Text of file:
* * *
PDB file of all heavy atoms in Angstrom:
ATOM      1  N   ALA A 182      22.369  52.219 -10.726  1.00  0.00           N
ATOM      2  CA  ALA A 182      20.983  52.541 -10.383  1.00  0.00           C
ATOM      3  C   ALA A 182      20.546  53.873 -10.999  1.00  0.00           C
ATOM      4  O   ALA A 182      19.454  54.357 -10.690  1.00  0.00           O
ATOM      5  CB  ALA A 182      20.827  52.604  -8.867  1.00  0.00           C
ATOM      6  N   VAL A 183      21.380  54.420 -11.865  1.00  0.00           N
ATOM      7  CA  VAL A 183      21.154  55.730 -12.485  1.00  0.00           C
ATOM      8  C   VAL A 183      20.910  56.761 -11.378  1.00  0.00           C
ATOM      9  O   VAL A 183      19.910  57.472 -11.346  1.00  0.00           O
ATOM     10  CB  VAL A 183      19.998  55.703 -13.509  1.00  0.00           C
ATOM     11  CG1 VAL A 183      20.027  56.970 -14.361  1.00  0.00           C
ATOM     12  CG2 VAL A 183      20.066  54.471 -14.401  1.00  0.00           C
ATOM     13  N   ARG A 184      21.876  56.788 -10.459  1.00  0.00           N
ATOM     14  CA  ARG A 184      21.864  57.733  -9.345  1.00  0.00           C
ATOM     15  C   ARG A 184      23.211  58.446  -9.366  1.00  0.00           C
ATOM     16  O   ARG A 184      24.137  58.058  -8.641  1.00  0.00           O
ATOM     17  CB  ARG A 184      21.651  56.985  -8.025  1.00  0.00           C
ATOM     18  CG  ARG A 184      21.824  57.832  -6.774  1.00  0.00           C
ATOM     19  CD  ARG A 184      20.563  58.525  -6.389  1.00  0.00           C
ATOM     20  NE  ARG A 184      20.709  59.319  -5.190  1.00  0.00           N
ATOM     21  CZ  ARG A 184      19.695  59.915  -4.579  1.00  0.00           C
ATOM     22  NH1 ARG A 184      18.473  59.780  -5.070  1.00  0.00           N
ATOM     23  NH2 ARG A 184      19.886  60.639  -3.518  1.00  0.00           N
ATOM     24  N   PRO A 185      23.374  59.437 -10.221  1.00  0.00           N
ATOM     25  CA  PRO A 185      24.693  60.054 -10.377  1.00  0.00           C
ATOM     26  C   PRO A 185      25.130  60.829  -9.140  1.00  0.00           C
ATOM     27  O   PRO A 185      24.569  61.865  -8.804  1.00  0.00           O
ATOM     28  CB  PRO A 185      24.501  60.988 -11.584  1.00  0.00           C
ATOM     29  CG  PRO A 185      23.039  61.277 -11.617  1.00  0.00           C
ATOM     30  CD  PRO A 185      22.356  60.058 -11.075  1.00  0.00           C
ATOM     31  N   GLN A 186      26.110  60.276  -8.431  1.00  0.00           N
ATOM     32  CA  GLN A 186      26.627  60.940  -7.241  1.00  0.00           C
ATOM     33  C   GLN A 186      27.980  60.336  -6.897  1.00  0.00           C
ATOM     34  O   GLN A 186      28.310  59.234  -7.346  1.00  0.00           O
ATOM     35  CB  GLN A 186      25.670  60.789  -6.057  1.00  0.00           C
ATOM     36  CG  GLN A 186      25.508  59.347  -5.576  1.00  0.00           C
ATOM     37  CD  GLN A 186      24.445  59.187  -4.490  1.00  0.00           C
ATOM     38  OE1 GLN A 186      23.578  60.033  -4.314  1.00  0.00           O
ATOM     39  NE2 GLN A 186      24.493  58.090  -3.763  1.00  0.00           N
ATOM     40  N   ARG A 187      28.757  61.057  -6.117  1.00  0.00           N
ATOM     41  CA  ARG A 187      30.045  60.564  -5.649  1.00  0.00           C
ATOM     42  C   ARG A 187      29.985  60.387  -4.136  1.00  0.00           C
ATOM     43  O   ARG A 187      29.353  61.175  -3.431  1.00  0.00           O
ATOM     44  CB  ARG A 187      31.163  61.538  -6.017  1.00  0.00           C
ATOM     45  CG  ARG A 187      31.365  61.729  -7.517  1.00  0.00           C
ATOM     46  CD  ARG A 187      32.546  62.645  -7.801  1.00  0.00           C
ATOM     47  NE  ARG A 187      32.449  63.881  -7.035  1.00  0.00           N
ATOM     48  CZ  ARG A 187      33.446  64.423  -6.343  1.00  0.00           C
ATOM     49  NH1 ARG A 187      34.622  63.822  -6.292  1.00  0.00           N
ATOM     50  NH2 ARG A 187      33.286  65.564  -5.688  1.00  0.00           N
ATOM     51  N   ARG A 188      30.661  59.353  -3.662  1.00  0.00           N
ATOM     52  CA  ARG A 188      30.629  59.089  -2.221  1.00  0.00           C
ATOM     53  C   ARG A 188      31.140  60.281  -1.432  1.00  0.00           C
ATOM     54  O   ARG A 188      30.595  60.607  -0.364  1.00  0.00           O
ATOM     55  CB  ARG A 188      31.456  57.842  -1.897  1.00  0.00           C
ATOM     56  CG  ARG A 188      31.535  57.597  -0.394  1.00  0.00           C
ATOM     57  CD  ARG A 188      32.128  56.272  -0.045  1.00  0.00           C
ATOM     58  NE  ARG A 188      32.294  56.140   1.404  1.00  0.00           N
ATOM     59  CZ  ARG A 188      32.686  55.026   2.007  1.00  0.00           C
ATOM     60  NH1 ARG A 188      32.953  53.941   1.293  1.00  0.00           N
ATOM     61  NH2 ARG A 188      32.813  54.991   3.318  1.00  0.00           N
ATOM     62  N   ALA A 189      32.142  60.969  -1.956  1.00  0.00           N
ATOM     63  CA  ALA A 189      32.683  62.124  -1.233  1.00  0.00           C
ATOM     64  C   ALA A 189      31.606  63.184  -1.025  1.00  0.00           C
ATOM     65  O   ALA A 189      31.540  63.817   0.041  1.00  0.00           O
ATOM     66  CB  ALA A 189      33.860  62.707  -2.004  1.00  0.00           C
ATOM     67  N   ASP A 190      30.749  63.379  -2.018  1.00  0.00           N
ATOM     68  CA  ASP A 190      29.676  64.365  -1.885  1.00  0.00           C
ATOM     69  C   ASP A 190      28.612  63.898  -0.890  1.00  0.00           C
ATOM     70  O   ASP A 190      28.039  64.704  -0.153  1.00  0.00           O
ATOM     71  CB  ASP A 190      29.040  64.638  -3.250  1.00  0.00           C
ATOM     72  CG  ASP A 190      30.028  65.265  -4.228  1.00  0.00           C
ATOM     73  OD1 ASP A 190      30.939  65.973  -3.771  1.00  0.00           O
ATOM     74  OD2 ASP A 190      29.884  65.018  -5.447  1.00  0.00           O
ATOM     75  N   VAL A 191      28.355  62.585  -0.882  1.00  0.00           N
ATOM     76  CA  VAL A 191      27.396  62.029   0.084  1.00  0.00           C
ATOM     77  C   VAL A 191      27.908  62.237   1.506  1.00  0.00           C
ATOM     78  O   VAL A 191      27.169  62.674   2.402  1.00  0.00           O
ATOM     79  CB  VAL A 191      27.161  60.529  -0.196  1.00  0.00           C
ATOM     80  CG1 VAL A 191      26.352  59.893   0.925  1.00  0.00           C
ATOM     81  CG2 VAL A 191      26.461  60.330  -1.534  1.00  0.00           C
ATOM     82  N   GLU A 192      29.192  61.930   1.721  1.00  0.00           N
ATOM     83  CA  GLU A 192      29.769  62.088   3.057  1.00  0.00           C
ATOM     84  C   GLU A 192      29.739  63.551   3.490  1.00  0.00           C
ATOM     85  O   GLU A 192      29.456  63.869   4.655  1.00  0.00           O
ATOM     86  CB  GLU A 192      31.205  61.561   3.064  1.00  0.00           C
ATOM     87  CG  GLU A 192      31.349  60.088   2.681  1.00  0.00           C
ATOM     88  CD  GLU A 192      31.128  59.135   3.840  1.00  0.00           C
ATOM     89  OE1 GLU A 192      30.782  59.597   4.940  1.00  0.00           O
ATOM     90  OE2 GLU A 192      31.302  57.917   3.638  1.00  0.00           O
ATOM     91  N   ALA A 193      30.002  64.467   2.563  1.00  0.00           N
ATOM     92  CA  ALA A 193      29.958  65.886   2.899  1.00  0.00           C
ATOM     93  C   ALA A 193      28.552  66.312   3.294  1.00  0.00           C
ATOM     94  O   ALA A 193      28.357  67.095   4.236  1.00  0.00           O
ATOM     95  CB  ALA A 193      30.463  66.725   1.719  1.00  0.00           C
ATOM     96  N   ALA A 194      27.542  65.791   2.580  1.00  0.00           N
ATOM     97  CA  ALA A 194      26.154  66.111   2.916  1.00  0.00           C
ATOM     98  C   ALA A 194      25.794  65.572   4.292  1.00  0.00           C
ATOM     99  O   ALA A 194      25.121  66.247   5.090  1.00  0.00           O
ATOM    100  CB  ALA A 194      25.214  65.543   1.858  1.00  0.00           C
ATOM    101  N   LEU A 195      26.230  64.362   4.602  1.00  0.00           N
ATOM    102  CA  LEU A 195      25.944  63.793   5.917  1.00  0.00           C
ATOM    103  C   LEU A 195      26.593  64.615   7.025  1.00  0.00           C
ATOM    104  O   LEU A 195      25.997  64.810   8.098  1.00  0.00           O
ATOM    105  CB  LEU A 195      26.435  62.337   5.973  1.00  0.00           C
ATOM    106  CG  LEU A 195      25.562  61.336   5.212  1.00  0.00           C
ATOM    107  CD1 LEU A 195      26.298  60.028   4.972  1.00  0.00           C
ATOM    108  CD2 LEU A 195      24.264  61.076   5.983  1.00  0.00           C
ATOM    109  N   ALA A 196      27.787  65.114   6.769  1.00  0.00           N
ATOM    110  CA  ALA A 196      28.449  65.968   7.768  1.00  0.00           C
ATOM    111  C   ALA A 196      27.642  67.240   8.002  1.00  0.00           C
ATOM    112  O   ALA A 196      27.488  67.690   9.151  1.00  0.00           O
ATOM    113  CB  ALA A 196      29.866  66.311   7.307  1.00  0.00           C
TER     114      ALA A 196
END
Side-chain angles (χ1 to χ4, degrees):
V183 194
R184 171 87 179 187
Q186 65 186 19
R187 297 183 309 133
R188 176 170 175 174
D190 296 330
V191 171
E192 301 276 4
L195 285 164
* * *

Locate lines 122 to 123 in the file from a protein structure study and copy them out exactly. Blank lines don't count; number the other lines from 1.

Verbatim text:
R188 176 170 175 174
D190 296 330